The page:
Feb. 3 2016 11:14 AM

Best wines to pair with delivery food

I’m really into El Niño right now. I’d swipe right for El Niño without regrets.

A seemingly infinite gang of snowflakes usually shows up in mid-Michigan around this time of year to demoralize every person who’s ever cared about getting somewhere on time. I’m over it. Luckily, El Niño has saved us a bit this year in that regard.

But while there’s less snow out there, I still don’t want to have to brave the cold to get tasty food. Fortunately, we live in a city teeming with delicious options made by hard working cooks and chefs and delivered by wonderful drivers who get in and out of their cars all day to keep Lansing happily (and warmly) fed.

And I’ll be damned if I don’t have some wine around the house to enjoy with my traveling food treasures.

Aldaco's Taco Bar on South Cedar Street in Lansing is a safe pick for, well, tacos, of course. (Or you can try my personal favorite, enchiladas.) I’ll never be mad at someone offering me a Tecate while I stuff my face with these treats, but I dig on white wines that are a touch more acidic without too much alcohol.

Riesling is a good option here, but I found the top-notch 2011 albariño from Spain’s Granbazan Winery to be a perfect pairing. It’s florally aromatic, with soft ripe apricot, nectarine and green apple notes, and it calms the spices well. There are not many albariño wines on Lansing shelves right now; I’ve found maybe six or seven. To make matters worse, a few of the mass-produced versions are wimpy and almost tasteless. At about $20, the Granbazan is a surprising value.

Chinese food has long been a staple for delivery or take-out in our household. Lucky House delivers in the Okemos area — lucky for us. I pledge my allegiance to General Tso.

These are magical morsels here. That sweet glaze blankets and envelops, coddling your taste buds into delicious submission. I’m happy to report that there’s a southern Italian chardonnay out there that’s a perfect companion for the general.

Rivera’s 2014 Preludio No. 1 chardonnay is an outlier for the Italian south. It comes from the somewhat-flat Italian region of Puglia, which is mostly known for average, full-bodied red wines made from primitivo (aka zinfandel) or negroamaro grapes. There’s only a bit of an oak influence in this chardonnay. Those toffee/ caramel notes stay in the background, and the super-juicy red apple, lemon curd and peach flavors are excitingly bright. It’s a young, lively wine that, at 13 percent, reins in the alcohol well. At roughly $18, Rivera’s chardonnay is impressive. Not as impressive as the 800-year-old, awesomely octagonal Castel del Monte that its Puglian sub-region is named after, but close.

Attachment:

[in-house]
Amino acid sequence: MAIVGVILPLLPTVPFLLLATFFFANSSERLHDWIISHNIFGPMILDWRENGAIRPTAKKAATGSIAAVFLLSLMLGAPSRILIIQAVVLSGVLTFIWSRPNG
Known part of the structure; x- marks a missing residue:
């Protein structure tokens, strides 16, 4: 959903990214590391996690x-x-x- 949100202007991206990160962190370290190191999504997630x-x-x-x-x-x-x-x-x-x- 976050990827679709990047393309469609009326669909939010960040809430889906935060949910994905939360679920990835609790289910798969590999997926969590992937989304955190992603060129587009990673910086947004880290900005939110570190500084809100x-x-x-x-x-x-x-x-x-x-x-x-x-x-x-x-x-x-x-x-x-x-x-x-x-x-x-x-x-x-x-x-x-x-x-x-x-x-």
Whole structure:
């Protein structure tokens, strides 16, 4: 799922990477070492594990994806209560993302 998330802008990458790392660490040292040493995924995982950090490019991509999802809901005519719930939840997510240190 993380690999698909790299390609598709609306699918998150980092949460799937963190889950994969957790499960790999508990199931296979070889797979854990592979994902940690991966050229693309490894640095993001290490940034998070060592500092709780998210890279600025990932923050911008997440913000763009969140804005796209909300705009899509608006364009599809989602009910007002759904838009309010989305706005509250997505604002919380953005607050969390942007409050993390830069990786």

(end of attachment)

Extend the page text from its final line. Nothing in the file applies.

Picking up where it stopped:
This column wouldn’t be complete with out a mention of Jet’s Pizza. The eight-corner pizza completes me; it fills the void. Those inbetween crevices are heavenly, where cheesy decadence and crusty textures collide.

Of course, Italian wines are a great pick: Chianti classico, barbera, and dolcetto would all taste lip-smackingly on point with your pie. But Grenache from France is a fun left turn for anyone looking for a slight counter-punch of semi-spicy fruit.

Domaine de la Tourade’s 2012 Gigondas is 80 percent grenache and 20 percent syrah. From the Rhône River valley, about an hour’s drive north of Marseille, this wine is raspberry and black pepper at its core, with some neat orange peel and licorice notes thrown in. It’s not so overtly earthy that California zinfandel drinkers would be turned off. You should be able to find it for around $25.

If you want to go the value route, check out Zestos’ garnacha (about $10) from just outside of Madrid. While it doesn’t have the depth of Tourade’s Gigondas, it is affordable and dependably flavorful.

Lastly, if you’ve not feasted on Eastside Fish Fry on East Kalamazoo Street in Lansing, you’re missing out. Their catfish nuggets get a lot of mentions from locals — and rightfully so. If you go that route, I’d point you immediately back to that nifty Rivera chardonnay.

But seriously folks, Eastside’s deep-fried Twinkies, alongside some dessert wine, should probably be in your Mardi Gras arsenal. I wouldn’t go with Port or anything too caramel-like, but rather aim for a brighter, fruitier sweetness.

Sauternes from Bordeaux would be fun, but I give a slight edge to Airfield Estate’s 2013 late harvest riesling. It’s loaded with ripe honeyed peach, lemon cake, ripe melon and crème brulée-like sweetness. Expect it to run you about $20.

Yes, we’re lucky enough to not have to dig out our porches, sidewalks and cars as often as last year. But that doesn’t mean you can’t stock up on wine on the easier days and phone a food friend on the harder days.

Justin King is a certified sommelier and resident of Williamston. He is part owner of Bridge Street Social, a wine-focused restaurant opening this soon in DeWitt.